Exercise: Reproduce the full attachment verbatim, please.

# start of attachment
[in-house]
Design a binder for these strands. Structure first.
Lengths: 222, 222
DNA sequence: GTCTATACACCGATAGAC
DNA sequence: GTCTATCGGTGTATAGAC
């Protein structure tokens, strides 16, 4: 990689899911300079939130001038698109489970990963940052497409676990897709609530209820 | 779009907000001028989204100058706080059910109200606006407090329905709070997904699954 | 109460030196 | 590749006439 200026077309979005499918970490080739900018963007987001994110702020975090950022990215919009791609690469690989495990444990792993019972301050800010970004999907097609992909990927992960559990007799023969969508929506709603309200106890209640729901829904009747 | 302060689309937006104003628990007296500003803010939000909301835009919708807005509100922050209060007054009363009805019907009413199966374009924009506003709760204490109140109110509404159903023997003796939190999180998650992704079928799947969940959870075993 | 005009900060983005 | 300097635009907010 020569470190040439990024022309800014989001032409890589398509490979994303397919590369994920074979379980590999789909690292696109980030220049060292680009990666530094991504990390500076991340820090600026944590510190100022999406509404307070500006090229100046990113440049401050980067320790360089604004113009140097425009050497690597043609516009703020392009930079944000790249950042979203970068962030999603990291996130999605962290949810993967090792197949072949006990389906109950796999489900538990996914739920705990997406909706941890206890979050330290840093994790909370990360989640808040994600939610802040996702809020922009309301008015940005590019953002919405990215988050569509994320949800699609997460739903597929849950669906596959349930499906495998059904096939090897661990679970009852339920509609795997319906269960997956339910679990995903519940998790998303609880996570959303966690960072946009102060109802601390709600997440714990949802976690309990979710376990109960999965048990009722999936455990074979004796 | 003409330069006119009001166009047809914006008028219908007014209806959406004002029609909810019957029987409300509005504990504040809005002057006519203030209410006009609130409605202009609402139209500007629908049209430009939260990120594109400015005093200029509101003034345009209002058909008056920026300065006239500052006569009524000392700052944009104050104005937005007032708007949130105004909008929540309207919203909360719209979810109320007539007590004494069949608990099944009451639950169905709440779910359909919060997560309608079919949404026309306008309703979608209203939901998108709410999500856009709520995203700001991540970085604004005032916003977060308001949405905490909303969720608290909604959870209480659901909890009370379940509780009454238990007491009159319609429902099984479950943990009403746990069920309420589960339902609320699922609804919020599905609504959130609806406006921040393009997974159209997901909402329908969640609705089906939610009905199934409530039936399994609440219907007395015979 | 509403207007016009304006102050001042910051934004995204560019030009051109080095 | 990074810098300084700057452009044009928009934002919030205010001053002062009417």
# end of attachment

[in-house]
Design a binder for these strands. Structure first.
Lengths: 222, 222
DNA sequence: GTCTATACACCGATAGAC
DNA sequence: GTCTATCGGTGTATAGAC
């Protein structure tokens, strides 16, 4: 990689899911300079939130001038698109489970990963940052497409676990897709609530209820 | 779009907000001028989204100058706080059910109200606006407090329905709070997904699954 | 109460030196 | 590749006439 200026077309979005499918970490080739900018963007987001994110702020975090950022990215919009791609690469690989495990444990792993019972301050800010970004999907097609992909990927992960559990007799023969969508929506709603309200106890209640729901829904009747 | 302060689309937006104003628990007296500003803010939000909301835009919708807005509100922050209060007054009363009805019907009413199966374009924009506003709760204490109140109110509404159903023997003796939190999180998650992704079928799947969940959870075993 | 005009900060983005 | 300097635009907010 020569470190040439990024022309800014989001032409890589398509490979994303397919590369994920074979379980590999789909690292696109980030220049060292680009990666530094991504990390500076991340820090600026944590510190100022999406509404307070500006090229100046990113440049401050980067320790360089604004113009140097425009050497690597043609516009703020392009930079944000790249950042979203970068962030999603990291996130999605962290949810993967090792197949072949006990389906109950796999489900538990996914739920705990997406909706941890206890979050330290840093994790909370990360989640808040994600939610802040996702809020922009309301008015940005590019953002919405990215988050569509994320949800699609997460739903597929849950669906596959349930499906495998059904096939090897661990679970009852339920509609795997319906269960997956339910679990995903519940998790998303609880996570959303966690960072946009102060109802601390709600997440714990949802976690309990979710376990109960999965048990009722999936455990074979004796 | 003409330069006119009001166009047809914006008028219908007014209806959406004002029609909810019957029987409300509005504990504040809005002057006519203030209410006009609130409605202009609402139209500007629908049209430009939260990120594109400015005093200029509101003034345009209002058909008056920026300065006239500052006569009524000392700052944009104050104005937005007032708007949130105004909008929540309207919203909360719209979810109320007539007590004494069949608990099944009451639950169905709440779910359909919060997560309608079919949404026309306008309703979608209203939901998108709410999500856009709520995203700001991540970085604004005032916003977060308001949405905490909303969720608290909604959870209480659901909890009370379940509780009454238990007491009159319609429902099984479950943990009403746990069920309420589960339902609320699922609804919020599905609504959130609806406006921040393009997974159209997901909402329908969640609705089906939610009905199934409530039936399994609440219907007395015979 | 509403207007016009304006102050001042910051934004995204560019030009051109080095 | 990074810098300084700057452009044009928009934002919030205010001053002062009417």